Celexa (citalopram hydrobromide) is also available in generic form and all are in a class of antidepressants called selective serotonin reuptake inhibitors (SSRIs).
In August 2011, the FDA issued a Drug Safety Communication (DSC) stating that Celexa and its generic counterparts should not be used at doses in excess of 40 mg daily over potential and dangerous abnormalities in the electrical activity of the heart. Celexa or citalopram use, at any dose, is discouraged in patients with certain conditions over risks for QT prolongation and is not recommended for use in patients with congenital long QT syndrome, bradycardia, hypokalemia, or hypomagnesemia, recent acute myocardial infarction, or uncompensated heart failure. Use is also not recommended in patients taking other drugs that prolong the QT interval
It may be important for some of these patients to use citalopram; therefore, the drug label has been changed to describe the particular caution that needs to be taken when citalopram is used in such patients.
The revised drug label also describes lower doses that should be used in patients who are over 60 years of age and also states that the maximum recommended dose of citalopram is 20 mg per day for patients with hepatic impairment; patients older than 60 years of age; patients who are CYP 2C19 poor metabolizers; or patients taking concomitant cimetidine (Tagamet) or another CYP2C19 inhibitor, because these factors lead to increased blood levels of citalopram, increasing the risk of QT interval prolongation, and Torsade de Pointes.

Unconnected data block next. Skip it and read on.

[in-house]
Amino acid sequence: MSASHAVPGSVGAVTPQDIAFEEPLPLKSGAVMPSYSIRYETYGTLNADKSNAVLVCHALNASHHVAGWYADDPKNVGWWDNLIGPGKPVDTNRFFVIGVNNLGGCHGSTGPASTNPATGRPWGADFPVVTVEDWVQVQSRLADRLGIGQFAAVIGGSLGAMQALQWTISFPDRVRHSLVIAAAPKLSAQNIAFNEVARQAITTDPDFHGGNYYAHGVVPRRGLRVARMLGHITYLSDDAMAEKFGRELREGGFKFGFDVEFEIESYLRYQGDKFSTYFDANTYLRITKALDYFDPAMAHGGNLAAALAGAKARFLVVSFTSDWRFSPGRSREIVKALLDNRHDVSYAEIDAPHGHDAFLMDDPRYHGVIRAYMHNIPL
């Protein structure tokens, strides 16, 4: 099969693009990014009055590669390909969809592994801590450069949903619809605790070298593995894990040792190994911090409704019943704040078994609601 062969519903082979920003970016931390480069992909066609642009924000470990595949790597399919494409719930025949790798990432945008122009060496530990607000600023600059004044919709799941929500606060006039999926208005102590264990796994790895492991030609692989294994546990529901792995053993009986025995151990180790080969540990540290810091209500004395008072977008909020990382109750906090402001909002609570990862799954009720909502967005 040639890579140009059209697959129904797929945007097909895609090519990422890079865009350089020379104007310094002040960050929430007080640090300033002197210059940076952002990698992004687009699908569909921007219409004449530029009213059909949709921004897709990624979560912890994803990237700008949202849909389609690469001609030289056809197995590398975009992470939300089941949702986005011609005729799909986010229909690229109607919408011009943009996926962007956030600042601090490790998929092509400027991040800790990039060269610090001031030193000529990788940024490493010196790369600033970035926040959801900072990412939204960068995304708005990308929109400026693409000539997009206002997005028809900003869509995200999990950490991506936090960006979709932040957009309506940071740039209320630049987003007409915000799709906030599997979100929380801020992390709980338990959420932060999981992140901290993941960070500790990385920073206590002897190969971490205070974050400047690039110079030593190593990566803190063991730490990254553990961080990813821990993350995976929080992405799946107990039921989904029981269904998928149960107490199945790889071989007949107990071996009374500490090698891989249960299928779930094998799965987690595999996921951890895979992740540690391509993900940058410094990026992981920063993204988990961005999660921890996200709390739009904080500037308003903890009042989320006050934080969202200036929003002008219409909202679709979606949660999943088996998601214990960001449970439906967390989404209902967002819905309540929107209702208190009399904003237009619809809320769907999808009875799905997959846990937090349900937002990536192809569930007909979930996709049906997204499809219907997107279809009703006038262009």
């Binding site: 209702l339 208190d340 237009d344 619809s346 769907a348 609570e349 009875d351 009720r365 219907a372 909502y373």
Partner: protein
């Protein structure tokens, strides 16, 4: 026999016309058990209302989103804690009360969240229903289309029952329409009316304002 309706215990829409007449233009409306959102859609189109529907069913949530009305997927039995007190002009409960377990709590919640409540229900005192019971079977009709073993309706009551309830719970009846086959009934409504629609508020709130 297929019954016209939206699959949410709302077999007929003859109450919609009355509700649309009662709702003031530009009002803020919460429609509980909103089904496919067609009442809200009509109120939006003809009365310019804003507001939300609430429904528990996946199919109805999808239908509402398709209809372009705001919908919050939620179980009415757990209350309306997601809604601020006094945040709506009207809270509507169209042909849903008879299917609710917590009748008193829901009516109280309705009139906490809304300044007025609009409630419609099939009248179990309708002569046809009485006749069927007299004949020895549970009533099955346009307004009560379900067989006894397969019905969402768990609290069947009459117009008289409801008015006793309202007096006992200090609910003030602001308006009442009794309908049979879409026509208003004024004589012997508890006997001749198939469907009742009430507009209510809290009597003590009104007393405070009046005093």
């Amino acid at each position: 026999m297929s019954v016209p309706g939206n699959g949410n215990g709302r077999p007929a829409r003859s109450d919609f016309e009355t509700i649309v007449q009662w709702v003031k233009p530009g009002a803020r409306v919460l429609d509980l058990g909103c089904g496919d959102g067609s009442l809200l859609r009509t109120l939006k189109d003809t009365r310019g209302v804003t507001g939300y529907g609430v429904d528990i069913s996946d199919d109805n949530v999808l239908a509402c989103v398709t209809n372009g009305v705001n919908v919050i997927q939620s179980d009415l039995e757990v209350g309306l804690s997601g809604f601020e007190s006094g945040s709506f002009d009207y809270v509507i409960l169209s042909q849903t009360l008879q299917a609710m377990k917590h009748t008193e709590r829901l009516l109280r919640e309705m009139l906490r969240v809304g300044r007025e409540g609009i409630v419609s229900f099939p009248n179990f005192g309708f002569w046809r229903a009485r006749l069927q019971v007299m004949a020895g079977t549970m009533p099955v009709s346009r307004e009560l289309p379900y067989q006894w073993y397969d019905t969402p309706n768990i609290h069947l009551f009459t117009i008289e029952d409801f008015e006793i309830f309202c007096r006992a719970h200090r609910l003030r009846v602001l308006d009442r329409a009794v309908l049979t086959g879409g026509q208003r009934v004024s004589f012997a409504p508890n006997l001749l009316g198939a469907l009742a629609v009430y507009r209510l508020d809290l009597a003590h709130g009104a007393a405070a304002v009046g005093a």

As we’ve written, high doses of Celexa have been associated with potentially fatal abnormal heart rhythms, according to the FDA. In the U.S. Celexa is available as 10 mg, 20 mg, and 40 mg tablets; as an oral solution (10 mg/5 mL); and in generic versions.
We’ve also previously written that the Celexa label stated that certain patients may require a dose of 60 mg per day; however, studies did not show a benefit in the treatment of depression at doses higher than 40 mg per day, the FDA said.
Prolongation of the QT interval involves changes to the electrical activity of the heart and can lead to an abnormal heart rhythm—including Torsade de Pointes—which can be fatal. Patients at particular risk for developing prolongation of the QT interval include those with underlying heart conditions and those who are predisposed to low levels of potassium (hypokalemia) and magnesium (hypomagnesemia) in the blood.